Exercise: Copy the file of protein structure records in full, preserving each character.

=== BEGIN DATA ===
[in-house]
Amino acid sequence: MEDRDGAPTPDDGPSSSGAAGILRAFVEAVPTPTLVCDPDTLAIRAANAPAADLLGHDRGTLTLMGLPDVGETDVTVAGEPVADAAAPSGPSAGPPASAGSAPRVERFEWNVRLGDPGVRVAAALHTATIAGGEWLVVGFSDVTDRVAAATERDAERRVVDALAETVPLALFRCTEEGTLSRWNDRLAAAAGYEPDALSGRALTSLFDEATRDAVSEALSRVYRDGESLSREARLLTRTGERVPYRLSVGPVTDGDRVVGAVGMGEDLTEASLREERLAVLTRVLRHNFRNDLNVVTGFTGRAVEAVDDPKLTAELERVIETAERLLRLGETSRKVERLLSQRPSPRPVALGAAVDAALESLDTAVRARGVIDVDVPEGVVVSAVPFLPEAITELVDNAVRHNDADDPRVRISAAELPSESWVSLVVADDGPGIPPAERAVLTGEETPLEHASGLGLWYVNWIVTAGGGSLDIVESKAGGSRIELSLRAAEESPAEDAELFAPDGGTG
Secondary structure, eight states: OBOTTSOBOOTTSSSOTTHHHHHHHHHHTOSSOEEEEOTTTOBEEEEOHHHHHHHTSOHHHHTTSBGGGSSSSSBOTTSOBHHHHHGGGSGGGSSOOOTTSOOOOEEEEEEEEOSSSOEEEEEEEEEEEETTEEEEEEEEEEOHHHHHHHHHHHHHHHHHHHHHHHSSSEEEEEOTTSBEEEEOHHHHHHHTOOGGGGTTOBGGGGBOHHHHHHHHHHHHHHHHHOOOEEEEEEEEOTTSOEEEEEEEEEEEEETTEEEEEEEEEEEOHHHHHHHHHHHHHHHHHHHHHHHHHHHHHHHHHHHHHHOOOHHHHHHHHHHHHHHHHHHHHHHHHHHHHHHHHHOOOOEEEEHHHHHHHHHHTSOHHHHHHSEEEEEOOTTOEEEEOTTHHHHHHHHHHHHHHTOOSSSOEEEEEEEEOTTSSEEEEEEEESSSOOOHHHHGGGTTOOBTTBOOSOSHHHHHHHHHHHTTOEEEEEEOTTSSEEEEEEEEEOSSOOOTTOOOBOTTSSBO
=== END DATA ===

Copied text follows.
[in-house]
Amino acid sequence: MEDRDGAPTPDDGPSSSGAAGILRAFVEAVPTPTLVCDPDTLAIRAANAPAADLLGHDRGTLTLMGLPDVGETDVTVAGEPVADAAAPSGPSAGPPASAGSAPRVERFEWNVRLGDPGVRVAAALHTATIAGGEWLVVGFSDVTDRVAAATERDAERRVVDALAETVPLALFRCTEEGTLSRWNDRLAAAAGYEPDALSGRALTSLFDEATRDAVSEALSRVYRDGESLSREARLLTRTGERVPYRLSVGPVTDGDRVVGAVGMGEDLTEASLREERLAVLTRVLRHNFRNDLNVVTGFTGRAVEAVDDPKLTAELERVIETAERLLRLGETSRKVERLLSQRPSPRPVALGAAVDAALESLDTAVRARGVIDVDVPEGVVVSAVPFLPEAITELVDNAVRHNDADDPRVRISAAELPSESWVSLVVADDGPGIPPAERAVLTGEETPLEHASGLGLWYVNWIVTAGGGSLDIVESKAGGSRIELSLRAAEESPAEDAELFAPDGGTG
Secondary structure, eight states: OBOTTSOBOOTTSSSOTTHHHHHHHHHHTOSSOEEEEOTTTOBEEEEOHHHHHHHTSOHHHHTTSBGGGSSSSSBOTTSOBHHHHHGGGSGGGSSOOOTTSOOOOEEEEEEEEOSSSOEEEEEEEEEEEETTEEEEEEEEEEOHHHHHHHHHHHHHHHHHHHHHHHSSSEEEEEOTTSBEEEEOHHHHHHHTOOGGGGTTOBGGGGBOHHHHHHHHHHHHHHHHHOOOEEEEEEEEOTTSOEEEEEEEEEEEEETTEEEEEEEEEEEOHHHHHHHHHHHHHHHHHHHHHHHHHHHHHHHHHHHHHHOOOHHHHHHHHHHHHHHHHHHHHHHHHHHHHHHHHHOOOOEEEEHHHHHHHHHHTSOHHHHHHSEEEEEOOTTOEEEEOTTHHHHHHHHHHHHHHTOOSSSOEEEEEEEEOTTSSEEEEEEEESSSOOOHHHHGGGTTOOBTTBOOSOSHHHHHHHHHHHTTOEEEEEEOTTSSEEEEEEEEEOSSOOOTTOOOBOTTSSBO